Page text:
This group is where educators can discuss challenges and successes using cell phones in the classroom.
Latest Activity: Nov 19, 2017
Started by Krista Attix. Last reply by JFarrow Oct 12, 2014.
Started by seth.hendrickson1. Last reply by Brenda Tomeo Jul 12, 2014.
Started by Bruce Lack. Last reply by Kimberly Caise Apr 21, 2013.
I am a 5th grade teacher in Delaware and we just started BYOD this week!! It was being piloted in a few classrooms and was just opened to all fourth and fifth grade. One of the biggest problems we are experiencing is not "enough space" on the server and there are all kinds of proxy problems. Once that gets fixed though, I am really excited to integrate cell phones into the classroom. Other than things like QR codes and accessing different websites that I already use, are there any excellent apps you enjoy for elementary students??
Let me know! :)
Hilarious video demonstrating technology growth and digital natives.
I think cell phones should be used as a "tool" in education. I think they are very beneficial for both students and teachers. However, we have to keep in mind that some students do not have smartphones or a cellphone in general. I just recently got an Iphone but before a lot of my teachers just assumed that I could look up the answer on my phone. It sometimes made me feel left out that I could not participate fully. Yes my smartphone makes life much easier, but not everyone can have this luxury.
Today I have joined this group and I am happy. Thank you for sharing, The tools you mention here are simply genious! Tomorrow I am going to use two or three of them with my students!
Once more thank you!
I am an advocate of the cell phone in education- true, they do offer great temptation and the opportunity of distraction, but this can help students develop important responsibility skills and help them take ownership of their learning and their actions. We are in a digital age, and students need to be able to access the powerful opportunities offered by technology; it is up to us to teach them digital citizenship. I am curious how many elementary teachers are able to allow the use of cell phones in school? How young is too young? I think that maybe if they are given the opportunity VERY early, they will learn the responsibilities and not be as distracted when they are older.
Using cell phone in the classroom brings a lot of benefits to both students and teachers. Especially when it comes to flipped classroom, the possibilities of real-time communication, brainstorming, and notetaking will be the huge advantages what technology brings to education.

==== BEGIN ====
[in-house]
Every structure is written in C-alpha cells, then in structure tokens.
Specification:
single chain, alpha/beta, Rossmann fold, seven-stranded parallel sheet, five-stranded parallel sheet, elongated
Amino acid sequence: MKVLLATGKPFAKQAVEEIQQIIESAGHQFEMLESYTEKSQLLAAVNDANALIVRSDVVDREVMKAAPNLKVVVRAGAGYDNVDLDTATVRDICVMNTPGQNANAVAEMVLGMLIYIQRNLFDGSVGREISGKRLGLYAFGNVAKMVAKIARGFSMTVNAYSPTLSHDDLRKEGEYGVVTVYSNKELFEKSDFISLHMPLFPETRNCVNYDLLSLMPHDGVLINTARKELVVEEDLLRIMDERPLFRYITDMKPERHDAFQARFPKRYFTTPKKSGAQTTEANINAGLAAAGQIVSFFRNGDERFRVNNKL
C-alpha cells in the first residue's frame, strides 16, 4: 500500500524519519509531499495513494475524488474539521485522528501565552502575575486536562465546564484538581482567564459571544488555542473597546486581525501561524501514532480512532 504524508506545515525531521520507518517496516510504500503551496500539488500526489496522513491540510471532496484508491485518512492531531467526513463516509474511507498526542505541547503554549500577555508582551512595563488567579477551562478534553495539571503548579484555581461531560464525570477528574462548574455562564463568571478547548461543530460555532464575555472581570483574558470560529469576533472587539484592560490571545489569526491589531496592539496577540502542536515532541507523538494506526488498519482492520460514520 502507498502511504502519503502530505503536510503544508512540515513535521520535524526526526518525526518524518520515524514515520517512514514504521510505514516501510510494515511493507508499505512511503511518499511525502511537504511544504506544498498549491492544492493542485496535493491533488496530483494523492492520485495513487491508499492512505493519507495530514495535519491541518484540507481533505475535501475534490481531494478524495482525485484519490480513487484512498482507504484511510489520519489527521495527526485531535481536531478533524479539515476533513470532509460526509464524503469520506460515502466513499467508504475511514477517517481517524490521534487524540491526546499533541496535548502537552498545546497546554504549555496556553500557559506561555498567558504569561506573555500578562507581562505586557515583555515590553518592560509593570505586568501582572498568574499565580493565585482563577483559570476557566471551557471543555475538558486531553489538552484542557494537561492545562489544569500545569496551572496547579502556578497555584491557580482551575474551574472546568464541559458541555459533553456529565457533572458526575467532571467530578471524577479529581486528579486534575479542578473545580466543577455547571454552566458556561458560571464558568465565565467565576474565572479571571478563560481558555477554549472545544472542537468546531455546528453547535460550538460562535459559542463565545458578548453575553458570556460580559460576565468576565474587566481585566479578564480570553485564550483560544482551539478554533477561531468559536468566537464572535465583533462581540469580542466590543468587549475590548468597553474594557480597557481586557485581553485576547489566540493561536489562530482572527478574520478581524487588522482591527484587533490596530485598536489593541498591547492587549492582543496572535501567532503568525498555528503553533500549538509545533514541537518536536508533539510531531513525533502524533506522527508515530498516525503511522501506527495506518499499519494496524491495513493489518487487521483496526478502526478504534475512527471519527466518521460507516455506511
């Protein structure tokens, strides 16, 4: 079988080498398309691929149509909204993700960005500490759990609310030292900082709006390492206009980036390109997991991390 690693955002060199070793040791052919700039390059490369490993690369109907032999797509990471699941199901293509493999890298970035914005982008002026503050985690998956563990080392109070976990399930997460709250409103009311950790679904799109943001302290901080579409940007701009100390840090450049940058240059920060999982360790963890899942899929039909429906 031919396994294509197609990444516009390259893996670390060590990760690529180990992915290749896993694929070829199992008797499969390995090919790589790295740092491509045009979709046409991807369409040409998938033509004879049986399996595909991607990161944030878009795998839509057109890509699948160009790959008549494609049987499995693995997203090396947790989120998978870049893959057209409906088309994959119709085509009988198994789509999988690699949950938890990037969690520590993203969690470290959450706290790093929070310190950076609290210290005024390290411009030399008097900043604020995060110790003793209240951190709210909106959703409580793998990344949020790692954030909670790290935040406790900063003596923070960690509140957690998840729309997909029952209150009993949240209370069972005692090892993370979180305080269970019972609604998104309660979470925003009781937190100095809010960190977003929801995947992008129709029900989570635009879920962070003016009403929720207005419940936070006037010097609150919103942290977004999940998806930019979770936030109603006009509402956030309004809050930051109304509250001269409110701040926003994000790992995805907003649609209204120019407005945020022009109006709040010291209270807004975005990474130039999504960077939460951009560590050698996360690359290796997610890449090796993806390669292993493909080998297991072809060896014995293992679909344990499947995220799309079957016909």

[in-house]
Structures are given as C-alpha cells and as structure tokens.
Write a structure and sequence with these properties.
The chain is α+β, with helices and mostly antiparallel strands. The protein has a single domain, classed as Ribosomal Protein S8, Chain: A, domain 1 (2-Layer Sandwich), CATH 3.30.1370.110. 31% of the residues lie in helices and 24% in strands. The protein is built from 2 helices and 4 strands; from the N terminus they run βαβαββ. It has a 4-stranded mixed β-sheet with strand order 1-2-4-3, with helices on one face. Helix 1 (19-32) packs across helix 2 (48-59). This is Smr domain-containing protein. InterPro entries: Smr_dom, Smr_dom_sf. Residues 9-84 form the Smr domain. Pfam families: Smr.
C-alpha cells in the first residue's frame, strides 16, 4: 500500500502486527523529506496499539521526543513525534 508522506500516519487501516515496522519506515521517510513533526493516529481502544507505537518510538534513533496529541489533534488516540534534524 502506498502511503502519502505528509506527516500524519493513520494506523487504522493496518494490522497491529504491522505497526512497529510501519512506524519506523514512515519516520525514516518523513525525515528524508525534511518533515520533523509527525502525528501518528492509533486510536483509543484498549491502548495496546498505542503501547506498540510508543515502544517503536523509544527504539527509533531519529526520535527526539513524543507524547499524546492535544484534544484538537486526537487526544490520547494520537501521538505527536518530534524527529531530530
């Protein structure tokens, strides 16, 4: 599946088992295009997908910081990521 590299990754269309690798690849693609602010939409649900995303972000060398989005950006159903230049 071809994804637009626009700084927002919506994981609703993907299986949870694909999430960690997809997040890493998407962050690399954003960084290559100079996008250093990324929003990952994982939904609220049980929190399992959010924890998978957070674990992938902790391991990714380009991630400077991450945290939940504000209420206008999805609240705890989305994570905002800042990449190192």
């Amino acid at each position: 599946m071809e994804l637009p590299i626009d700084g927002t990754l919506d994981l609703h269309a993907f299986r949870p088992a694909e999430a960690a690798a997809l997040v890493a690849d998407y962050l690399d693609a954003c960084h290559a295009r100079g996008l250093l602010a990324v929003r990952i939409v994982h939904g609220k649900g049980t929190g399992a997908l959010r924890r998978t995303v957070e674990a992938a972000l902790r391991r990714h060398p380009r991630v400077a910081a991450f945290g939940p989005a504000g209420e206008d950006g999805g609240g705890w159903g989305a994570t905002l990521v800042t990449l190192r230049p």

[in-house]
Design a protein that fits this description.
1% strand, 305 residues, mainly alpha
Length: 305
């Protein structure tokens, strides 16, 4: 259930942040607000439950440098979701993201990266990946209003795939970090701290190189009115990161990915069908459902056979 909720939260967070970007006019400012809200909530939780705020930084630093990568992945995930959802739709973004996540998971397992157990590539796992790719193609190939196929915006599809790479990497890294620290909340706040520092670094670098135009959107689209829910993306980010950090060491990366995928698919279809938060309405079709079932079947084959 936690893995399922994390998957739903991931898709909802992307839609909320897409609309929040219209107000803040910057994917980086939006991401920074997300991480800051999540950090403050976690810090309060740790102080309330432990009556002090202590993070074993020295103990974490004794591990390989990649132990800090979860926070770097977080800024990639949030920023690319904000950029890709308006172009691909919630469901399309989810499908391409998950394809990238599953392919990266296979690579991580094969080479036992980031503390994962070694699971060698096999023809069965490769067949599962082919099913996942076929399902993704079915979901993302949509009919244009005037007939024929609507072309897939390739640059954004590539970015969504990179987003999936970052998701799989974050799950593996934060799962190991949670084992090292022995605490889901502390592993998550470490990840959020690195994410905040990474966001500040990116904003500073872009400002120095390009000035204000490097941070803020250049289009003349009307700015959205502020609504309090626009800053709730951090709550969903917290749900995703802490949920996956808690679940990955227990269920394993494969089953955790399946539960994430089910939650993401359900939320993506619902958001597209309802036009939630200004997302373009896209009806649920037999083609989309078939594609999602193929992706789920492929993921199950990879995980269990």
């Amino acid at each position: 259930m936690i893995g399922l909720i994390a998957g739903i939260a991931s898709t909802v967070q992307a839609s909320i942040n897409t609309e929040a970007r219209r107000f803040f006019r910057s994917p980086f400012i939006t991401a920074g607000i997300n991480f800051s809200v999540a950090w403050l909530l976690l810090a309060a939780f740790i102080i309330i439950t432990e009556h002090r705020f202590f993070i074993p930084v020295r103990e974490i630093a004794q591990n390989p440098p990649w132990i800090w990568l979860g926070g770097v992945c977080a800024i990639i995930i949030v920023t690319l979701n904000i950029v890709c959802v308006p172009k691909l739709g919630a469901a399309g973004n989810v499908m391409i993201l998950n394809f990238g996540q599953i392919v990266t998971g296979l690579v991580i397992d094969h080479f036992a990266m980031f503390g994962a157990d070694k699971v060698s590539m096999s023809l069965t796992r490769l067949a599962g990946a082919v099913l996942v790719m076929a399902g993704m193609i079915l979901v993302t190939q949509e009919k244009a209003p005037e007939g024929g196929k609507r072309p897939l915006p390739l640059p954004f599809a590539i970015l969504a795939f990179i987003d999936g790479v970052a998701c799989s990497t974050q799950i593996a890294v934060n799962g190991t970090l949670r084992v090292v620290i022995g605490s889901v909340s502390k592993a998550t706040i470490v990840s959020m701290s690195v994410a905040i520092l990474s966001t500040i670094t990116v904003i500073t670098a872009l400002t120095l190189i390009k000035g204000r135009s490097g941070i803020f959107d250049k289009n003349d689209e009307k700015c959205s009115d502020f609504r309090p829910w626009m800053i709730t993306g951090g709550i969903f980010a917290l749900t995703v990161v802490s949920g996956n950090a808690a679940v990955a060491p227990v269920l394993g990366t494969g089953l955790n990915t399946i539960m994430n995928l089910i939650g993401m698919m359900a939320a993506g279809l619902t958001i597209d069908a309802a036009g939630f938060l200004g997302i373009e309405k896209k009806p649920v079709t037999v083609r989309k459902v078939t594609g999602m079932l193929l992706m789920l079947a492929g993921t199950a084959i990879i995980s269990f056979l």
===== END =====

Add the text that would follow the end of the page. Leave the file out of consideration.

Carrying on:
But there are always concerns about distractions it might bring along with the benefits, as a significant number of followers here already mentioned. Young students are very fast to play with the smartphones (or even with cellphones), so it might be challenging for teachers control the student's personal usage during the class.
Regardless of the concerns and worries, we cannot think smart phone, as a representative of cell phones in classroom, to be excluded in education when it has already being used in our daily lives. As Scott mentioned below, we need to keep pursuing the ways of how to make our students to use smart phones (or cell phones) academically rather than personally.
At the school I teach at cell phones are allowed to be used outside and inside of class. Certainly this can cause some issues if they do not use it appropriately, but most students use their twitter accounts to link to current news sources and the government branches to sign up for information related to the class. However, I would like to here suggestions on how to move more of their use to academic purposes and less on personal.
My students really enjoyed using their phones when they were doing their latest research project. They had the opportunity to bring in one of their own devices to use to research on or they could use one of the school's iPads. Most of my students used their cell phones to research and find out information about the immigrant group they chose.
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Library 2.019 - Design Thinking | March 8, 2018
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